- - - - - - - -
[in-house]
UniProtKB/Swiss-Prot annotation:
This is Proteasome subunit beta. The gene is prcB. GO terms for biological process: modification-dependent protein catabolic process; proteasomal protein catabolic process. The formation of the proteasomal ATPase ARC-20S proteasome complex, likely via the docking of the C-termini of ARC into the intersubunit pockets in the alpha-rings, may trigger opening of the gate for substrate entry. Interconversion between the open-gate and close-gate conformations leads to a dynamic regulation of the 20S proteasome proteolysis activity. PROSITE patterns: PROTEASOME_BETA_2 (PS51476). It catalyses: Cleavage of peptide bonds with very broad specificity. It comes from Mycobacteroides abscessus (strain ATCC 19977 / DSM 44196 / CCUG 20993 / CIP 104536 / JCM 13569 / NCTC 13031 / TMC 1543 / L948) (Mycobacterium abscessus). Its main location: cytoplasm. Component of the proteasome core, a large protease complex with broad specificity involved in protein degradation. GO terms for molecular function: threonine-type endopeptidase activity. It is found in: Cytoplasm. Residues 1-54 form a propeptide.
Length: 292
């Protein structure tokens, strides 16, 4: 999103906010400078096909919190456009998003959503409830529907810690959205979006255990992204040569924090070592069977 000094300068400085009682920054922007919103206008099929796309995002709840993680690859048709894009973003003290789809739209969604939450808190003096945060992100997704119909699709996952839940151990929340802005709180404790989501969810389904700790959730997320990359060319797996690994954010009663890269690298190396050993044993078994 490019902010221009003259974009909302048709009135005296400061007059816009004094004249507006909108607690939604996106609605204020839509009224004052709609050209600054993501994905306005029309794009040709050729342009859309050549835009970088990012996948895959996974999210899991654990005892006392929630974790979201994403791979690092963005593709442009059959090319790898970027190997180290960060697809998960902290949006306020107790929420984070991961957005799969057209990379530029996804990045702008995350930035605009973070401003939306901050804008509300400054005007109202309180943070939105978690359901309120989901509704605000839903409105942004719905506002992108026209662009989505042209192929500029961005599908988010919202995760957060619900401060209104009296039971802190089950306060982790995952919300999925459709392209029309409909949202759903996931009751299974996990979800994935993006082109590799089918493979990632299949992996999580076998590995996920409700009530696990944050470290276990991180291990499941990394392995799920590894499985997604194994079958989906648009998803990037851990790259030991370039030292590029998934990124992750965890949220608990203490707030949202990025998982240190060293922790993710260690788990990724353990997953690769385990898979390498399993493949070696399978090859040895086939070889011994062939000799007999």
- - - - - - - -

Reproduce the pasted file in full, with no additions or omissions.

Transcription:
[in-house]
UniProtKB/Swiss-Prot annotation:
This is Proteasome subunit beta. The gene is prcB. GO terms for biological process: modification-dependent protein catabolic process; proteasomal protein catabolic process. The formation of the proteasomal ATPase ARC-20S proteasome complex, likely via the docking of the C-termini of ARC into the intersubunit pockets in the alpha-rings, may trigger opening of the gate for substrate entry. Interconversion between the open-gate and close-gate conformations leads to a dynamic regulation of the 20S proteasome proteolysis activity. PROSITE patterns: PROTEASOME_BETA_2 (PS51476). It catalyses: Cleavage of peptide bonds with very broad specificity. It comes from Mycobacteroides abscessus (strain ATCC 19977 / DSM 44196 / CCUG 20993 / CIP 104536 / JCM 13569 / NCTC 13031 / TMC 1543 / L948) (Mycobacterium abscessus). Its main location: cytoplasm. Component of the proteasome core, a large protease complex with broad specificity involved in protein degradation. GO terms for molecular function: threonine-type endopeptidase activity. It is found in: Cytoplasm. Residues 1-54 form a propeptide.
Length: 292
């Protein structure tokens, strides 16, 4: 999103906010400078096909919190456009998003959503409830529907810690959205979006255990992204040569924090070592069977 000094300068400085009682920054922007919103206008099929796309995002709840993680690859048709894009973003003290789809739209969604939450808190003096945060992100997704119909699709996952839940151990929340802005709180404790989501969810389904700790959730997320990359060319797996690994954010009663890269690298190396050993044993078994 490019902010221009003259974009909302048709009135005296400061007059816009004094004249507006909108607690939604996106609605204020839509009224004052709609050209600054993501994905306005029309794009040709050729342009859309050549835009970088990012996948895959996974999210899991654990005892006392929630974790979201994403791979690092963005593709442009059959090319790898970027190997180290960060697809998960902290949006306020107790929420984070991961957005799969057209990379530029996804990045702008995350930035605009973070401003939306901050804008509300400054005007109202309180943070939105978690359901309120989901509704605000839903409105942004719905506002992108026209662009989505042209192929500029961005599908988010919202995760957060619900401060209104009296039971802190089950306060982790995952919300999925459709392209029309409909949202759903996931009751299974996990979800994935993006082109590799089918493979990632299949992996999580076998590995996920409700009530696990944050470290276990991180291990499941990394392995799920590894499985997604194994079958989906648009998803990037851990790259030991370039030292590029998934990124992750965890949220608990203490707030949202990025998982240190060293922790993710260690788990990724353990997953690769385990898979390498399993493949070696399978090859040895086939070889011994062939000799007999």